Thursday, October 22, 2009

Expert Systems, Engineers, and Anthropologists

In these articles, what the observers viewed through their interpretations made me think about our values in the engineering work, our values in life, and the hidden agendas defining engineering and science.
Forsythe's Article

Now, I bring the following observer's interpretations to this "digital table":
1) Engineers regard knowledge acquisition as it if were a "'thing' that can be extracted, like a mineral or a diseased tooth" (p.47).
AI engineers have transferred the technical and cold terms of computer science and engineering to the human realm, which is in its essence warm. This AI vocabulary is part of the leakage of the idea that humanity can be mechanized, that humans can be considered machines, and that AI systems can mimic the human brain. Saying that the "human brain is a machine" or that "a human brain can be reverse-engineered" is in its core an act of degrading and devaluing humanity.
The idea of uploading and downloading knowledge of a human brain into a database, and updating this knowledge through a computer can be suspicious. Although it seems like science fiction, think about if it becomes a reality. This technology will obviously be used by people who can afford it, basically people who wish to control human populations. The benefits that it may have does not justify the dangers that it may bring.
Neither humanity nor the brain may be compared to a rigid, inflexible, and cold computer executing commands.
2) The observer pinpointed that engineers lacked communication skills that made them dislike interviewing. They seemed to prefer the predictability of computers than the complexity of humans.
I would mention here that this "communication skills" problem could be more a problem of those modern society's values, beliefs, and attitudes that shape the relationships with other humans.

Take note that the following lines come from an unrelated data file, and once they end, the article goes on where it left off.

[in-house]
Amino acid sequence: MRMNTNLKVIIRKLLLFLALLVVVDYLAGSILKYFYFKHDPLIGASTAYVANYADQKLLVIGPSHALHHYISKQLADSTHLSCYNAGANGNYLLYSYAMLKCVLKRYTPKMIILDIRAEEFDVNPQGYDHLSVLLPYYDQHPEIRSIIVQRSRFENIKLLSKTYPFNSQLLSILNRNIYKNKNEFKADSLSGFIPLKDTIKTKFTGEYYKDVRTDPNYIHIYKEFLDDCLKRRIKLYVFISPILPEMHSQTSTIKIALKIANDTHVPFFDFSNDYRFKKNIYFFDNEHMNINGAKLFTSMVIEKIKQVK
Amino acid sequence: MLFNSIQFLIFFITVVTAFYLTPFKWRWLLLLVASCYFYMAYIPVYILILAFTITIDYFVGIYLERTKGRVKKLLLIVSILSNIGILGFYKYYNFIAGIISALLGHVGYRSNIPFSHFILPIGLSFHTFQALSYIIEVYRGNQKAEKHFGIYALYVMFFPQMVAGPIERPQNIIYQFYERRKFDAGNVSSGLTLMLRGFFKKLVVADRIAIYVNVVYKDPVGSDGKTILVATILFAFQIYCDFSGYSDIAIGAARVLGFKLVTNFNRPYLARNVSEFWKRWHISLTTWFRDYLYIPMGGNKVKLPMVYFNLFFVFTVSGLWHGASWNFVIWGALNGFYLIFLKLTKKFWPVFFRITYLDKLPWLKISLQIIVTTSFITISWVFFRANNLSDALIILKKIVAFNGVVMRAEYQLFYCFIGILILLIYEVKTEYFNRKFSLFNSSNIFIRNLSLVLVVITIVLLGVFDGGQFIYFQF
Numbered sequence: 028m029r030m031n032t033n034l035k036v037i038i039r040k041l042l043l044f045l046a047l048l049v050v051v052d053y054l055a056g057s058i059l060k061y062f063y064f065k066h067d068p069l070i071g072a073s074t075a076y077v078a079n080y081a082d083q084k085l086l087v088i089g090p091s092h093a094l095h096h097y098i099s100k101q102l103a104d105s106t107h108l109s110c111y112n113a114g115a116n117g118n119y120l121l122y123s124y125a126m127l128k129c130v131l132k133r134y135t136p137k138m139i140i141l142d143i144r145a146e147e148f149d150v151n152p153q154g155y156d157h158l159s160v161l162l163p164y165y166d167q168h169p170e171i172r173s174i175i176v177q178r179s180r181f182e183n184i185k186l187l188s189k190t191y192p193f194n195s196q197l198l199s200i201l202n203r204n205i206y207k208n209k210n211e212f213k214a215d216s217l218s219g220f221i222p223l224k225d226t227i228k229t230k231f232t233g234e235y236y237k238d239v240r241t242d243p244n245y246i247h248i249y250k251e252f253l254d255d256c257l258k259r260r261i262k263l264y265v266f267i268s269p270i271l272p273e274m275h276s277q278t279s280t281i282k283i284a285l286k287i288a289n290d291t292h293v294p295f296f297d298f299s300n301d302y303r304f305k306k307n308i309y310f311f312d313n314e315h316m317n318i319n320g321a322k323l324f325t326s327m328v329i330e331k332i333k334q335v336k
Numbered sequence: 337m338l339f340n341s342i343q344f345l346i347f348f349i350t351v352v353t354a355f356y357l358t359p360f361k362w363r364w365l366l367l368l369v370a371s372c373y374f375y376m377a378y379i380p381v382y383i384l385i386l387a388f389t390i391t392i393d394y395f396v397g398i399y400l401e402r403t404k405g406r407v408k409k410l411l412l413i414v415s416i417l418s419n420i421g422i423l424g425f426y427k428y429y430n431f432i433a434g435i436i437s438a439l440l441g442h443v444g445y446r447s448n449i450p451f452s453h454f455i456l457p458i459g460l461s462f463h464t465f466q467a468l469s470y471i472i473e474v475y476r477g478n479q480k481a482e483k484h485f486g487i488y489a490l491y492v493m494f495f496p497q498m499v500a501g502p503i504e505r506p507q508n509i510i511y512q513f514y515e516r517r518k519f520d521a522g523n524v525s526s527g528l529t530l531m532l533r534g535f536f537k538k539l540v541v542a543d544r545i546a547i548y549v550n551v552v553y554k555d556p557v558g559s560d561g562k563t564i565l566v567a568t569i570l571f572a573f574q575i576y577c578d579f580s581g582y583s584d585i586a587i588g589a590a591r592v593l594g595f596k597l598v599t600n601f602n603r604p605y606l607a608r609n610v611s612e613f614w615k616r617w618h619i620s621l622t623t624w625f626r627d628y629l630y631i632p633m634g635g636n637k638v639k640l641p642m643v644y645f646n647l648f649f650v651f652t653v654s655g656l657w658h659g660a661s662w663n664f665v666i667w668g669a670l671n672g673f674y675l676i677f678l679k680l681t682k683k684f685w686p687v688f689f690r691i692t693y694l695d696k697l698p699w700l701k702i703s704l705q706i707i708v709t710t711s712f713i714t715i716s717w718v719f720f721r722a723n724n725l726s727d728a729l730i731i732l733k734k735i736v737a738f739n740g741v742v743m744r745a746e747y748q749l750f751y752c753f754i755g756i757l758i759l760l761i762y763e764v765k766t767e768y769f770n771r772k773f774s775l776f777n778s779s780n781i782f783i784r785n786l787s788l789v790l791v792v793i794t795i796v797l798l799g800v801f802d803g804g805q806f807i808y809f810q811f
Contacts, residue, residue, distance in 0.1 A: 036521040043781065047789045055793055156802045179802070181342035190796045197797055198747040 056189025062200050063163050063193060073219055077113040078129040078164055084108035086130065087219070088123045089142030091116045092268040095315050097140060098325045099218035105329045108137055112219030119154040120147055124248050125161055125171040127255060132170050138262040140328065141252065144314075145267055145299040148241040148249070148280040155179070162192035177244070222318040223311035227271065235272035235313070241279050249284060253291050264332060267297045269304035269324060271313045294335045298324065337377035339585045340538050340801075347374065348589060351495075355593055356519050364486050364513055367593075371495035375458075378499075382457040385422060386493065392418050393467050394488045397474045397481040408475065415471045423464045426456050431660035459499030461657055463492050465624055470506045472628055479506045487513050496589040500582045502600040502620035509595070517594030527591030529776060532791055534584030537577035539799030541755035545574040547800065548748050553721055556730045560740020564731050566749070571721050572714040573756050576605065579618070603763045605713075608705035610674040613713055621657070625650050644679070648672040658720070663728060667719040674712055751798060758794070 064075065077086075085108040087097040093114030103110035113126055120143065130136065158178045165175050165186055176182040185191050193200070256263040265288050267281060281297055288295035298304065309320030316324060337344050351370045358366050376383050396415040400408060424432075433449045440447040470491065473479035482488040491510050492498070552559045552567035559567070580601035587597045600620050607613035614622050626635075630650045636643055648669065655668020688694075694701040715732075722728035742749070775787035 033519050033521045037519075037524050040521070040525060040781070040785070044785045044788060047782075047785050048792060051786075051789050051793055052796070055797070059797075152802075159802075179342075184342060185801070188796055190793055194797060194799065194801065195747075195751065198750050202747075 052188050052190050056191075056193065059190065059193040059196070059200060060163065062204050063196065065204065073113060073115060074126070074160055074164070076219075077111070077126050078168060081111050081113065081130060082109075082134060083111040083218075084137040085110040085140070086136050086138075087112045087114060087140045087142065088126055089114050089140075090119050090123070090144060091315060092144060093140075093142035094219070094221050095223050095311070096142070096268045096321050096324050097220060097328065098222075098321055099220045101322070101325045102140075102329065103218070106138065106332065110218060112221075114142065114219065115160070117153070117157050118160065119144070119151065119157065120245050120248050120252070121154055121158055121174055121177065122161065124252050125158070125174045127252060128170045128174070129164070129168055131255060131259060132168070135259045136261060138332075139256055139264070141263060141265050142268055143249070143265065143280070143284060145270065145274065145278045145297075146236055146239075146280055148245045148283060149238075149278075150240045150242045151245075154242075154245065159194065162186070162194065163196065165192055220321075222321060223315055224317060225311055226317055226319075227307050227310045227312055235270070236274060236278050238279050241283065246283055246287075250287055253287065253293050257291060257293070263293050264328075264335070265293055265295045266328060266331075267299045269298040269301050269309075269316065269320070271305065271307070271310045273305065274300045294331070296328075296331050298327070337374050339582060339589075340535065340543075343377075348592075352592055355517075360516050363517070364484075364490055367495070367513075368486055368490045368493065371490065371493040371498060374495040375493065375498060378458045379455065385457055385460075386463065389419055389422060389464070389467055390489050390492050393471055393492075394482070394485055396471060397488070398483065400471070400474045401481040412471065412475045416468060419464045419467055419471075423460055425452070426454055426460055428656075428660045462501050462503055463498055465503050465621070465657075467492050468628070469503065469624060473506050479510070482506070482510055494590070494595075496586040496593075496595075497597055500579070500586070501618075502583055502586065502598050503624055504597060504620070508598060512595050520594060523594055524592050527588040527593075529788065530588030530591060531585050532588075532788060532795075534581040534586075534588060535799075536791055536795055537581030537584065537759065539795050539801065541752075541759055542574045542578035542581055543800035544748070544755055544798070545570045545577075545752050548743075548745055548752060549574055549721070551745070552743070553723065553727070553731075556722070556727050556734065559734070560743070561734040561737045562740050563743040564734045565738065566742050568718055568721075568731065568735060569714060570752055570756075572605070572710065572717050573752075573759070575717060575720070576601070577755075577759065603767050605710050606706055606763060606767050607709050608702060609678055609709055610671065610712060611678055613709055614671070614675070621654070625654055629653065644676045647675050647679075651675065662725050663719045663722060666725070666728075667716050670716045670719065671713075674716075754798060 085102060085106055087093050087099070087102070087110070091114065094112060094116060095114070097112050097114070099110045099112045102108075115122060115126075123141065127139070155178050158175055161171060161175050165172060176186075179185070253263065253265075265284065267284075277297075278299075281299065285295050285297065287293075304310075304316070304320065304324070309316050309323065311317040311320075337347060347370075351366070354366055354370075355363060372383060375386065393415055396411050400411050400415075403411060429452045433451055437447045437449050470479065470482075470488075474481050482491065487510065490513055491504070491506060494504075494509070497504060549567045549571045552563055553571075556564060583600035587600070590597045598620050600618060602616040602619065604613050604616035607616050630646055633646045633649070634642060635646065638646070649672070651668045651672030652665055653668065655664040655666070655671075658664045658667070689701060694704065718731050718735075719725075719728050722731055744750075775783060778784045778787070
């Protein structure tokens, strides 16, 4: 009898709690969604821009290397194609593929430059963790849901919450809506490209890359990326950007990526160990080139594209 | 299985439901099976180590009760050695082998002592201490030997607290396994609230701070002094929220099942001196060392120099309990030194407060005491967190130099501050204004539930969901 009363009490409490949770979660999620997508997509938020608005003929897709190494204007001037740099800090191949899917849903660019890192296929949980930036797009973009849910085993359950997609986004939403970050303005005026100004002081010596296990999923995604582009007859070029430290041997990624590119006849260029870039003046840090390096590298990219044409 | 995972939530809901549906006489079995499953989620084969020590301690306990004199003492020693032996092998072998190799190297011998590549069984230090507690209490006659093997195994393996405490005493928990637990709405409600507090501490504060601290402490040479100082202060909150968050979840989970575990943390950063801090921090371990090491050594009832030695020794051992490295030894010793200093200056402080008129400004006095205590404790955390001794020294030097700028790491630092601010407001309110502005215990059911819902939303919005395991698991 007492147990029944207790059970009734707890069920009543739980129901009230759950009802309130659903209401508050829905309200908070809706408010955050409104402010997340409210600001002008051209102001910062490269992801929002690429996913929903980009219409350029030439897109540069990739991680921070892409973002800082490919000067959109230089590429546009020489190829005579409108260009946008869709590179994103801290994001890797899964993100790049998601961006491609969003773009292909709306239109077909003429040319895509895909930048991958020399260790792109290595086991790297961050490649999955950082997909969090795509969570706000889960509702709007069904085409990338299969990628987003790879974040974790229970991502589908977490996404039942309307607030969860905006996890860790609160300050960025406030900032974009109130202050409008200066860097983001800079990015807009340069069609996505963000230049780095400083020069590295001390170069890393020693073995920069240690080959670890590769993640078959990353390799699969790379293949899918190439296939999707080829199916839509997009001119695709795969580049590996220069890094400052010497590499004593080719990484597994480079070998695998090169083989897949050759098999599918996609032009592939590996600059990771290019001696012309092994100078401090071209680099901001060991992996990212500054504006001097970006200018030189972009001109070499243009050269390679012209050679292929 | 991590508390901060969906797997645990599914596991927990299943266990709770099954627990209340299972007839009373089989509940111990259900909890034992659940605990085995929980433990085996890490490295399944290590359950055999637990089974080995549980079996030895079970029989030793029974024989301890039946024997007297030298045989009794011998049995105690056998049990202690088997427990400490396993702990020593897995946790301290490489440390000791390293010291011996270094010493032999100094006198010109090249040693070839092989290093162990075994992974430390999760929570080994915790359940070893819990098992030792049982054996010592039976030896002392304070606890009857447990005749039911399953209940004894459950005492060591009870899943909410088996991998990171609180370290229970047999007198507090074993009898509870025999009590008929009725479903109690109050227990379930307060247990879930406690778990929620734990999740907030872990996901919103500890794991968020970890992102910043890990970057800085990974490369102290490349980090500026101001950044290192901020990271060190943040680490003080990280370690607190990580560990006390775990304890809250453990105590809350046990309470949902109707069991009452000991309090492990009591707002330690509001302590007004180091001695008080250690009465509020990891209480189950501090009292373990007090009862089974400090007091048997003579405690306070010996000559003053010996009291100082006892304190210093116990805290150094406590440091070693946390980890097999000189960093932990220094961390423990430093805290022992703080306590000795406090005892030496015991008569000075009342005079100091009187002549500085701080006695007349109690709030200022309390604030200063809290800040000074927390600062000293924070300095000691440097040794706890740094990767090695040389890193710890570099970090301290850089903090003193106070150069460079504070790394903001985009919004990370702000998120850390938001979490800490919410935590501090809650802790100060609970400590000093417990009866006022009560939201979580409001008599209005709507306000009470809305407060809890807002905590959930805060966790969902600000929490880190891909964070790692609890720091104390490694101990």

3) They commit the error to narrow knowledge, if they focus only in traces of data coming from few experts.
Other concerns expressed by the author:
1) One of the steps in developing an AI system is to select the "best" knowledge among the whole "universe" of knowledge acquired in the encyclopedias, books, interviews, etc.
How do we know if they missed a particular important piece of knowledge? How do we know if that piece was important to a particular group or minority? (pp. 57-58)
2) The author cited Bourdieu (1977) mentioning that this exercise of building boundaries to define what is "expert knowledge" is a way that power manifests. Another citation of Bourdieu (1977) mentioned that the power that engineers exercise has political aspects.
Latour, Bruno, and Woolgar

Of this article I would like to place attention to the following interpretations of the observer:
1) He/She sees "obscure activities [such] as a technician grinding the brains of rats, by realising that the eventual end product of such activity might be a highly valued diagram" (p. 52).
This interpretation could point a difference between the value system of the natural sciences and engineering cultures and the one of social sciences. This natural sciences value system includes the justification of using animals in laboratories.
2) The hidden "rat race" is seen at the time of discussing which name will be placed first below the article's title.
3) Scientists believe in the objectivity of their work.
And here I argue that a "100% pure, extra-virgin, and cold-pressed" scientific objectivity does not exist at all.
4) The identity of the scientific field that they are protecting, borrowed instruments from other fields (physics, computer science, statistics, etc).
5) The arrogance of some senior lab scientists consider the novices' questions to be annoying, because some seniors consider this knowledge to be "obvious" (pp. 76-77).

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